While Ao and Honey Tribe are obviously very different, it’s interesting that they’re both side-scrollers (from what we’ve seen so far, at least!). Were you able to piggyback on some of the game engine work done for Honey Tribe and evolve on what you’d accomplished there, or did you build Ao’s game engine completely from scratch?
Ryan: I approached Shaz wanting to do a side-scroller, and he refused at first, not wanting to repeat himself. But after coming up with mechanics like the “lane changing” you see in the trailer, it became clear that we had a much different type of game in mind.
Shaz: The scrolling method I used in Honey Tribe has come in pretty handy for Ao. So that’s saved a bit of time. But yeah, naturally I want to make a different game from what I’ve already done, so I was hesitant to have runner sections at first. Clearly Ryan must have secret and insidious mind control techniques!
When we show all the gameplay elements and the game as a whole, you’ll see it’s a completely different kind of experience. Ao is very much a “game for gamers.” So mobile phone owners who have enjoyed gaming on consoles, or as far back as the Amiga — they should definitely be happy with Ao.
We know you probably want to keep the second gameplay mode under wraps for now, but how do the running segments and the mystery segments relate, structurally?
Ryan: They will relate logically gameplay-wise. Put it this way, she’s running along with the “enemies” to reach something before they do. What might happen if too many reach the destination before her?
Shaz: Yeah, so Ashley and the planet’s native species are all running to the same destinations. Those destinations fit into the story of the game. And then the gameplay shift will be a counter balance to the running aspect. With the running, we wanted to give the player the feeling of freedom and agility — of being able to run through these beautiful landscapes while having all these cool abilities that you can pull off and feel like a fast-paced anime hero. The destination sections will vary the pace and introduce some problem solving into the action.
As far as the running segments are concerned, what does each of the action virtual buttons do, exactly? Are their functions split between air attack/ground attack, punch/kick, weak/strong, etc.?
Ryan: She uses two buttons, one for attack, which can be held down in order to sprint. The second button is a jump button. Swiping will change lanes so she can jump between the foreground and background.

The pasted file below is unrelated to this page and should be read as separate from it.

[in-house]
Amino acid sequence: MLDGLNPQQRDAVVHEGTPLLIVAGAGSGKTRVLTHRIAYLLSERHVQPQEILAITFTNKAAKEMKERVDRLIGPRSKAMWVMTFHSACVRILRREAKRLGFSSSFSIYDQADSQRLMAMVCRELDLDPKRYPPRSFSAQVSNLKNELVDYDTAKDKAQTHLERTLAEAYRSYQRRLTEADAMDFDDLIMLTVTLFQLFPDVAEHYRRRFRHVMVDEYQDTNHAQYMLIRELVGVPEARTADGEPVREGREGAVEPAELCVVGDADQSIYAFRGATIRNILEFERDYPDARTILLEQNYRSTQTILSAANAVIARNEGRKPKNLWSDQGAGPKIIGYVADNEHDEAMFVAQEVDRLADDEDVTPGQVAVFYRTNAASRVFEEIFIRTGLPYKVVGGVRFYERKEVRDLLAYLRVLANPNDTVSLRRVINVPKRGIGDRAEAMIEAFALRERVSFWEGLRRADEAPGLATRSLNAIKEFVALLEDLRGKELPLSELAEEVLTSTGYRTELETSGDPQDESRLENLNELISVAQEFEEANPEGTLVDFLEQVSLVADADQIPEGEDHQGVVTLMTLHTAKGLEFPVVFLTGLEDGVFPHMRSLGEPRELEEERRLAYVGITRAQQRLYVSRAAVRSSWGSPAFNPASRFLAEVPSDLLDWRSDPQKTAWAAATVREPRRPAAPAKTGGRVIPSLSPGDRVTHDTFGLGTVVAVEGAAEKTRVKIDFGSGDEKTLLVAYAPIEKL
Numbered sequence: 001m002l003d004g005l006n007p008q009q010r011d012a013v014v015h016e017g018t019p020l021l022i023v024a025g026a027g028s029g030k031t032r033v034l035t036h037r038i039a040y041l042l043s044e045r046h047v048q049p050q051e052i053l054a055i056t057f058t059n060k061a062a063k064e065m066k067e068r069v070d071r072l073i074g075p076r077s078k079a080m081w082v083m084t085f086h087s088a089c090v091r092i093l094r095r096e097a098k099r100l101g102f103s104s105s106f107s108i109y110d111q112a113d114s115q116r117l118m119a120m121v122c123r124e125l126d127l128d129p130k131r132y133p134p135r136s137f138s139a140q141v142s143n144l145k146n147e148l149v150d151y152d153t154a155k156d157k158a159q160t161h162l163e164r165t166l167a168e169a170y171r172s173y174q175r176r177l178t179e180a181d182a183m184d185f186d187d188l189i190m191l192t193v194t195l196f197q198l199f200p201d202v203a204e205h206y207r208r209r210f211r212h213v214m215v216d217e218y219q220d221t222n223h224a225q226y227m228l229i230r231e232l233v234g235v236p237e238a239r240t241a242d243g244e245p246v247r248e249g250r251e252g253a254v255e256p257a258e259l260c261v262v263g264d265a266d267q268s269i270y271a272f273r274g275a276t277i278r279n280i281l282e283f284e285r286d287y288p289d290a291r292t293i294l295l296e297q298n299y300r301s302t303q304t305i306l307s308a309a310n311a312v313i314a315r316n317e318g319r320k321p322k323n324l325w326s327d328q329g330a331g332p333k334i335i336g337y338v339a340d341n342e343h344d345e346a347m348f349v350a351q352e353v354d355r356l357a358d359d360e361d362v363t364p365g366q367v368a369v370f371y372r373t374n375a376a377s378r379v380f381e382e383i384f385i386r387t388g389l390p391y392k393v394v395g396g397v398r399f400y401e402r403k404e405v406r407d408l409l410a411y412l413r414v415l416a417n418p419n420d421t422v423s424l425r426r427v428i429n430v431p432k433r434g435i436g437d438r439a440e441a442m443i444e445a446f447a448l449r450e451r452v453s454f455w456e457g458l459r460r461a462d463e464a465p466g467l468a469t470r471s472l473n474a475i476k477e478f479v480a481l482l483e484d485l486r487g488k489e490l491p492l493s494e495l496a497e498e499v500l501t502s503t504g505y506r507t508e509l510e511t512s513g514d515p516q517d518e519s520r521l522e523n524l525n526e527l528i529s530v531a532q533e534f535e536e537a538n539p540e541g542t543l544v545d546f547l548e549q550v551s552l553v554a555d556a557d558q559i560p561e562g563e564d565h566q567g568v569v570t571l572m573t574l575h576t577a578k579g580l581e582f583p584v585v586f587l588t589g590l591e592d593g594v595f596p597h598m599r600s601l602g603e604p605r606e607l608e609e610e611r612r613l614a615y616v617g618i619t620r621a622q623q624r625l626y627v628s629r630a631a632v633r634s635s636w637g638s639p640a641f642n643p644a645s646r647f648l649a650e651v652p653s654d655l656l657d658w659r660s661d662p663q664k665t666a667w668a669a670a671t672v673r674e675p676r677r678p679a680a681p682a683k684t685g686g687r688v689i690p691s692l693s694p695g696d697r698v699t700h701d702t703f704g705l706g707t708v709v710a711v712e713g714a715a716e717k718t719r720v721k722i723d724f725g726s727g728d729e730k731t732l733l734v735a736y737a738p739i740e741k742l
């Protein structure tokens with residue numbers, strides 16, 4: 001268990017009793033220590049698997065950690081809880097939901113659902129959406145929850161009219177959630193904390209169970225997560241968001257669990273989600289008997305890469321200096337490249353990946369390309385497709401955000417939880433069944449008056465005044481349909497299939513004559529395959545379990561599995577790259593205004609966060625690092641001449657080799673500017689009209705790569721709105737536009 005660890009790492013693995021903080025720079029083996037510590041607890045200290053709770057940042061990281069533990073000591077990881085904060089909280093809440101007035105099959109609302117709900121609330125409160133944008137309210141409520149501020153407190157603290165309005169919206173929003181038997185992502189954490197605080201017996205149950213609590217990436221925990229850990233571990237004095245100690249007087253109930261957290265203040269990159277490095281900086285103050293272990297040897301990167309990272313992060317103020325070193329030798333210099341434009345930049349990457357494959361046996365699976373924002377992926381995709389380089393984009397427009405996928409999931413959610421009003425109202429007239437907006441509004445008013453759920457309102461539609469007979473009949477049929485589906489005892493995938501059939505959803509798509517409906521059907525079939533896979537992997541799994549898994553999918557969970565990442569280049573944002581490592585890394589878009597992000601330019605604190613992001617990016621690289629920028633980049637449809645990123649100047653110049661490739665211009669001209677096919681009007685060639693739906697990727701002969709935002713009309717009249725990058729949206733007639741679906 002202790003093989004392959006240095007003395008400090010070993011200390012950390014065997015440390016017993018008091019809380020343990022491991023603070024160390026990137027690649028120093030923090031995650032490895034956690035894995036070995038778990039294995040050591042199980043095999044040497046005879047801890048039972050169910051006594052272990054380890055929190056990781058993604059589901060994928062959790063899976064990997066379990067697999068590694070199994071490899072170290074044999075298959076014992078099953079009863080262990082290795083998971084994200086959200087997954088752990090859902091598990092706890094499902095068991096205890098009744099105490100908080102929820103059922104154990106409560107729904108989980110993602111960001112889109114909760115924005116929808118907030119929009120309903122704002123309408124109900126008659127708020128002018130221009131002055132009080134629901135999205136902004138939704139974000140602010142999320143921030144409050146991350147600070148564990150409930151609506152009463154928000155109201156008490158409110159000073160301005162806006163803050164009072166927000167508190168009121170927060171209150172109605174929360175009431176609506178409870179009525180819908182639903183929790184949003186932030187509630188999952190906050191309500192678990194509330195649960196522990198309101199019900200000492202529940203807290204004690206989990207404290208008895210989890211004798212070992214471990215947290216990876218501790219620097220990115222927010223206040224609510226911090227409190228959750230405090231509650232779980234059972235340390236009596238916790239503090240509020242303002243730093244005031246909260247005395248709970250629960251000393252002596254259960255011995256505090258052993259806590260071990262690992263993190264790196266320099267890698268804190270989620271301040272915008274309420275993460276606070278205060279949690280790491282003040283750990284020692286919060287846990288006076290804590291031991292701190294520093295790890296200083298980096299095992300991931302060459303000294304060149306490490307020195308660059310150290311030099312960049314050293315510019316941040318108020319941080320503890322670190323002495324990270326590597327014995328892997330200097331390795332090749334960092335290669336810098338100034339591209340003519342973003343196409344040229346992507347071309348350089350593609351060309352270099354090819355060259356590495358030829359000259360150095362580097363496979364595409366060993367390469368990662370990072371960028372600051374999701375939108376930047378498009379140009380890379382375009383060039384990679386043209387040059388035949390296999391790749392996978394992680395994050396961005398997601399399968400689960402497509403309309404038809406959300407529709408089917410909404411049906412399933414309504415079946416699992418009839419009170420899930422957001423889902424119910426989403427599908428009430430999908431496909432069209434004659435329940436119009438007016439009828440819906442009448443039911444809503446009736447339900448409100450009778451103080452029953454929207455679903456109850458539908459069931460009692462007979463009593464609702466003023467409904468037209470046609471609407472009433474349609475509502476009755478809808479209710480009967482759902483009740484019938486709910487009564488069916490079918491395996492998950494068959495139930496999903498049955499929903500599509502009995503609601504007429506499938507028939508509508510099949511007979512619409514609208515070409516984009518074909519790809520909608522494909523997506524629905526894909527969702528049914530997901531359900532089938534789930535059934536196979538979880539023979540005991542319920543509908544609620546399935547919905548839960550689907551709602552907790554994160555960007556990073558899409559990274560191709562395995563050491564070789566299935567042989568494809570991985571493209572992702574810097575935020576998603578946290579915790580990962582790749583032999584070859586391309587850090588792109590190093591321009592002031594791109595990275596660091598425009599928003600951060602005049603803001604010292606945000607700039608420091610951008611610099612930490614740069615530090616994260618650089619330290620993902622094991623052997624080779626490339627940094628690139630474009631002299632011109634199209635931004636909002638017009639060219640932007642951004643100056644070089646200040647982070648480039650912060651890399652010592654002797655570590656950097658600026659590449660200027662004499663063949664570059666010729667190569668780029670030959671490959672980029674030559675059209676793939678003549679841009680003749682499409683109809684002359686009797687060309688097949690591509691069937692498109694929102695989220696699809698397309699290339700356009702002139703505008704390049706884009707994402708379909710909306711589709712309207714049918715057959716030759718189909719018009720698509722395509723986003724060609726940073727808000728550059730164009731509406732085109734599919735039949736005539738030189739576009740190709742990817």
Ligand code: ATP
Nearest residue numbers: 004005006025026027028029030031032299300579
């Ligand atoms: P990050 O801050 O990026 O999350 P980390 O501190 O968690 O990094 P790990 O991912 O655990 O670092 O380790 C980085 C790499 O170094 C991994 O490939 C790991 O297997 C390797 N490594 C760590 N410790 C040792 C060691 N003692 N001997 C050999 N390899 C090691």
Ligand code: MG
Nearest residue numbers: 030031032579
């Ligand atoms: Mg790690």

Shaz: So one tap on the attack button will be the “light attack” elbow. Timed correctly, a double tap will trigger a roundhouse kick. And then a triple tap will activate an air uppercut. The jump button is the same: single tap, double and triple taps. While in the air, the attack button will trigger a ground stomp attack. And then you can keep cycling through the air and ground attacks to build up big combo chains. I hope that doesn’t sound confusing. It all feels very natural while playing.
Ryan: We want the player to string together moves as though it was a dance.
Let’s move on to the gorgeous artwork. Are all the characters and environments hand-drawn, or are we looking at 3D models presented from a 2D perspective? If Ashley and the various creatures are HD sprites, how does lane changing work – are the assets resized dynamically by the game engine, or are separate assets used depending on which lane the character’s in?
Ryan: Everything you see is hand-drawn, which translates into lots of hours behind the drawing tablet, but as you can see, it’s going to be very unique looking.
Shaz: It’s a 2D game but we use a couple of techniques like parallax scrolling and the shading on the characters to give the feeling of depth. Yeah, the assets are resized dynamically for lane changing. Optimization is something that I’m always thinking about. We want loads of cool animations, backgrounds, music and sounds, so sometimes you have to think creatively about how to organize everything so that the game feels how you want it to, while allowing it to run on older iPods. So rather than having duplicate objects all over the place, it makes more sense to reuse the assets where possible.
What level of anatomical realism did Ryan shoot for when designing Ashley’s movements and running posture? Were any real-world martial arts styles used as references for her attacks?
Ryan: There is a balance between realism and anime type art in Ao. Too much realism takes away the belief that she can do the great moves she does. But like I said before, we’re trying to do something new here, so too much anime, and we’d just be retreading many great games we’ve played before.
Shaz: When we’re deciding on moves, I quite like bombarding Ryan with video links of martial arts tournaments and films, or examples from anime and games. You can never watch enough training montages!